At first glance, this seems to be an easy way for employers to save money on legal fees by not preparing full petitions until the selection process is complete because employers would only incur legal fees for those selected in the lottery. USCIS has yet to confirm whether the filing window will begin on April 1, 2022 (as has been required in prior years), which would just be one day after their self-imposed deadline to announce the cap selections.  To best meet the needs of our clients, we have outlined several H-1B preparation options below to allow employers greater flexibility when considering their preferred risk level.

FACTORS THAT MAY AFFECT THE SELECTION OF THE H-1B PREPARATION OPTIONS

Our team has analyzed the information distributed by DHS, USCIS, and the American Immigration Lawyers Association (AILA) to identify three pathways to navigating the H-1B registration system and the subsequent filing of selected petitions. Each option has different costs and risks associated. All options include the legal team’s review of the beneficiary’s identifying documents to confirm the accuracy of the biographic information that is being entered. We would be happy to discuss what may work best for your business.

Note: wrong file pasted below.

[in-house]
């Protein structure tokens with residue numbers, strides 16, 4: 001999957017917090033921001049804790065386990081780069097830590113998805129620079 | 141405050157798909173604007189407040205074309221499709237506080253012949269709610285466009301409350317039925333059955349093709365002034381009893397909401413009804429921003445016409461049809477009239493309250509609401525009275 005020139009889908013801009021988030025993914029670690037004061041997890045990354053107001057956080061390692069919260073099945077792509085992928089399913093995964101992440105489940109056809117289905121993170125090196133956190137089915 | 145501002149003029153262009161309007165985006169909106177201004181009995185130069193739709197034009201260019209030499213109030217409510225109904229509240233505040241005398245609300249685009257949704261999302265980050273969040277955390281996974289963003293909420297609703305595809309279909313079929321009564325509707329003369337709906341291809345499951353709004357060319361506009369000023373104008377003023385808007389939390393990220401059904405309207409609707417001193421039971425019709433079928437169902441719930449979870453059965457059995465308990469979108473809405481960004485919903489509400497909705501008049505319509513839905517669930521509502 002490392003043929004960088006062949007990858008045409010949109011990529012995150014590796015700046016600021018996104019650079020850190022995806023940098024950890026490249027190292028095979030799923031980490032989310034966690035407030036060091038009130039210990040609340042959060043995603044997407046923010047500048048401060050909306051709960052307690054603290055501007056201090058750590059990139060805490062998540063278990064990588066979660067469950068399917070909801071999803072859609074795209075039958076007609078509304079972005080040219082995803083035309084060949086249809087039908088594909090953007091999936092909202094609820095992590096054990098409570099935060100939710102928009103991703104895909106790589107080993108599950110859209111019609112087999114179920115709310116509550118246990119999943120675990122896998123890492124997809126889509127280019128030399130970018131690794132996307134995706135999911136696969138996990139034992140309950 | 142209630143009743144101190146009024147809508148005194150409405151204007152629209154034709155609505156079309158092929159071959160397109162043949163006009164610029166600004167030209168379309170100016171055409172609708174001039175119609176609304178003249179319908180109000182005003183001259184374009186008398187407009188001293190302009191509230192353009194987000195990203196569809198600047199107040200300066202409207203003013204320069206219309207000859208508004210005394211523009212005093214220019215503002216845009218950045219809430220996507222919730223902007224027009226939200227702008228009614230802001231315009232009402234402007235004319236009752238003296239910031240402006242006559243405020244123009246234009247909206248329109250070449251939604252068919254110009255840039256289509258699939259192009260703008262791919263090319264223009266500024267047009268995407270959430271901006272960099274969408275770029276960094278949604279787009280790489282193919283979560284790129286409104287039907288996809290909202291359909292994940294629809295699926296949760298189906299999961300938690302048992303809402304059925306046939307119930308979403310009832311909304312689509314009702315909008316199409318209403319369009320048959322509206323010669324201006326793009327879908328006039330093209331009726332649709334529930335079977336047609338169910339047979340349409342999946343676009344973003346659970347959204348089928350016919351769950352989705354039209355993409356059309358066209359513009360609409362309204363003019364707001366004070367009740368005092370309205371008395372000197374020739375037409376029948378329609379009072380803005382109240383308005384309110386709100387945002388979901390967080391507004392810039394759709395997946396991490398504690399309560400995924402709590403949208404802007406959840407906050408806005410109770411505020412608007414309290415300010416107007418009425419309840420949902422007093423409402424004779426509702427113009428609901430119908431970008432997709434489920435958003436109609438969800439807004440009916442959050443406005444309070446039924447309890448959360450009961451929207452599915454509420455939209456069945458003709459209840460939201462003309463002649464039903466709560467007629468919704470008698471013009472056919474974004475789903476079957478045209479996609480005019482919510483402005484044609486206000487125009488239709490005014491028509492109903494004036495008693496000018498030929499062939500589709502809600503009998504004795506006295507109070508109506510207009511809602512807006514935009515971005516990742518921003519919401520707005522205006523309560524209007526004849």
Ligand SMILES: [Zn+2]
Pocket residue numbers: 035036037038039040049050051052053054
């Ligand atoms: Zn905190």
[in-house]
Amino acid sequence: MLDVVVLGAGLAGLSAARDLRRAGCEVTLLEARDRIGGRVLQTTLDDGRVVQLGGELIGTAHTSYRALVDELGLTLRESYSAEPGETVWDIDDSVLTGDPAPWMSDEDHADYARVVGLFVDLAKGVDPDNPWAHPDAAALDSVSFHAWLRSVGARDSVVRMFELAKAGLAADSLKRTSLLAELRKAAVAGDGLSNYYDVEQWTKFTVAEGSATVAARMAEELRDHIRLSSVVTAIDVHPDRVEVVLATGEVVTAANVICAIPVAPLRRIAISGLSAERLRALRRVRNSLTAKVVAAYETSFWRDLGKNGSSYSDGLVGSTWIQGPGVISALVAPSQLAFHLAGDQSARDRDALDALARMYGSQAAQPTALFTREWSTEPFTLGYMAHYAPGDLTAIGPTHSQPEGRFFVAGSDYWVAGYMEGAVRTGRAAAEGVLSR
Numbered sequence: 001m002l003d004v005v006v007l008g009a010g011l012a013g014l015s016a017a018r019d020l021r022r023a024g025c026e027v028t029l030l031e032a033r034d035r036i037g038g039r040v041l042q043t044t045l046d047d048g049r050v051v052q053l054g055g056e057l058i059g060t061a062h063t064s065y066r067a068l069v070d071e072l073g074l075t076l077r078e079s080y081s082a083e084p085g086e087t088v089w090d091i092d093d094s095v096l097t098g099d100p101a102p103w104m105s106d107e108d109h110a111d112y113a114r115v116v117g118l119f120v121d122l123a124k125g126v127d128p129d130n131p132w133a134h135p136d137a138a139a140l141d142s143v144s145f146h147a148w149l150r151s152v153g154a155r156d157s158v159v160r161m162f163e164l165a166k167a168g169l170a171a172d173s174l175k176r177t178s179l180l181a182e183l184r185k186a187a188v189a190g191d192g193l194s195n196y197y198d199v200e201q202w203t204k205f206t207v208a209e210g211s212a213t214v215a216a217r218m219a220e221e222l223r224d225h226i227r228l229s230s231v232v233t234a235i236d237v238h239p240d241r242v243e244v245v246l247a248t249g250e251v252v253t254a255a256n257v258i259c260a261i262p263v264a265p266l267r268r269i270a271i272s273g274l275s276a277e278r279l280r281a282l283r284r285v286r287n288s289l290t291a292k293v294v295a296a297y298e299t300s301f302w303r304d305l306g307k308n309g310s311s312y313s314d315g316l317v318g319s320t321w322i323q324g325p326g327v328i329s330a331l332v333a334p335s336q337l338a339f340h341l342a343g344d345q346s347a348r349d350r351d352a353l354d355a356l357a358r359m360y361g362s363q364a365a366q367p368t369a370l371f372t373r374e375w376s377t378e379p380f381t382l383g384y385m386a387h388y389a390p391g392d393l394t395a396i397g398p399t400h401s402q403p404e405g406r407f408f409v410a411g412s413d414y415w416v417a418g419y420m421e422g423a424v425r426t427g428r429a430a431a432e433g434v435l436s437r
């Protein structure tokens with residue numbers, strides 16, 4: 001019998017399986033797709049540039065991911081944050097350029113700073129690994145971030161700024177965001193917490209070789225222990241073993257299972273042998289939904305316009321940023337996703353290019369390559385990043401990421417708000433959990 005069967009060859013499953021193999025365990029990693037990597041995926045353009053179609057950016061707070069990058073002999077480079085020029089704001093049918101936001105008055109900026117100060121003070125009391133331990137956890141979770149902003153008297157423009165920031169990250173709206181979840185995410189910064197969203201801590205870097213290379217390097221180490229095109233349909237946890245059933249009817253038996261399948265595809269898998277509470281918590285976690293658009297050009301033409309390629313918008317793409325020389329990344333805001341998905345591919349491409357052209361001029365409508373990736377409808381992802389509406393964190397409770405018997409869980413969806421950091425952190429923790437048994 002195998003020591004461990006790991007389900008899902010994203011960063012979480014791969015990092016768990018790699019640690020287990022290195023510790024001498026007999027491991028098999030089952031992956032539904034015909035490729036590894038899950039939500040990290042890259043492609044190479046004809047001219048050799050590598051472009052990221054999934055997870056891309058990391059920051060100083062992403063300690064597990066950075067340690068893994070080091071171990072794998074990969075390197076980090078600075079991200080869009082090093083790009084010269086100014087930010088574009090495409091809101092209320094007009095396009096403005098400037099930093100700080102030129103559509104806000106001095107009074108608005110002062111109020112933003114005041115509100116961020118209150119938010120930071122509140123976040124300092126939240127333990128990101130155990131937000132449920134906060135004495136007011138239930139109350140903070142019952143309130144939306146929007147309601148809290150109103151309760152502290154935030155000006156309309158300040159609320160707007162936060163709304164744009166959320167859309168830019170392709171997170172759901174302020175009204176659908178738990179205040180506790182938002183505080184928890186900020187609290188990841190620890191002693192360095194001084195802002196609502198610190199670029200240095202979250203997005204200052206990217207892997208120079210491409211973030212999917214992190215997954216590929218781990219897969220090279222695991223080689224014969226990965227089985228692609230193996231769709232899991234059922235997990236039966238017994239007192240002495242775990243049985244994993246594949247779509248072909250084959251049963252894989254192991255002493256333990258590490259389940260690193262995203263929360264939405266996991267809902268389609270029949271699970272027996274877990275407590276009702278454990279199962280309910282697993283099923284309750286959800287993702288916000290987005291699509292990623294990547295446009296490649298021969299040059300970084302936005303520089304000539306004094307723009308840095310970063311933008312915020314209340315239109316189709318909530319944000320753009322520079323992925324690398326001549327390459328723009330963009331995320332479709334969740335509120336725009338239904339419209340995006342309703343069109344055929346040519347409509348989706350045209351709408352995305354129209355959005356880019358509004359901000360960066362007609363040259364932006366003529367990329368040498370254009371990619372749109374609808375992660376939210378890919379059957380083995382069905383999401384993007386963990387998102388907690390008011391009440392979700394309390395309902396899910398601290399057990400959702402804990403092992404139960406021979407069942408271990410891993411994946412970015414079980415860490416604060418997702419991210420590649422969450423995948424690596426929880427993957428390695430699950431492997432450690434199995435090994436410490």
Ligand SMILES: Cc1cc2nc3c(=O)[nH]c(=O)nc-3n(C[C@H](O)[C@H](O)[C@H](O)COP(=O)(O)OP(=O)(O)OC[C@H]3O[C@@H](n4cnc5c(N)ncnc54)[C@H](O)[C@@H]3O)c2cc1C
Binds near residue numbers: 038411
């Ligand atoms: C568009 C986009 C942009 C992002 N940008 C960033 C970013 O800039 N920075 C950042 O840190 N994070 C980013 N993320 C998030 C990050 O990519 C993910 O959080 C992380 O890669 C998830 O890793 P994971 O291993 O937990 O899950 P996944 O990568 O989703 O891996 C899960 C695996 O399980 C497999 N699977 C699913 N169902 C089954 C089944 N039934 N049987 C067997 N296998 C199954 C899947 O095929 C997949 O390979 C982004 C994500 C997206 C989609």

The differences in the legal fees in the options listed below are directly related to the additional expenses we would incur (such as overtime) for H-1B petitions prepared in a condensed timeframe.

REGISTRATION FEE FOR ALL OPTIONS:

USCIS FEE                   $10 FOR EACH REGISTRATION

Option One: Prepare beneficiary and petitioner information for filing as usual

Risk Level: Low

Cost: Medium (Lower legal fee overall. The legal fee is split between two stages.)

  1. Legal fees for the preparation of the H-1B petition are payable at the time the H-1B case is initiated. We will not collect the portion of the H-1B legal fee for finalizing the H-1B for submission until the H-1B petition is selected.
  2. If the H-1B petition is selected, we will then and only then collect the legal fees associated with finalizing the H-1B for submission.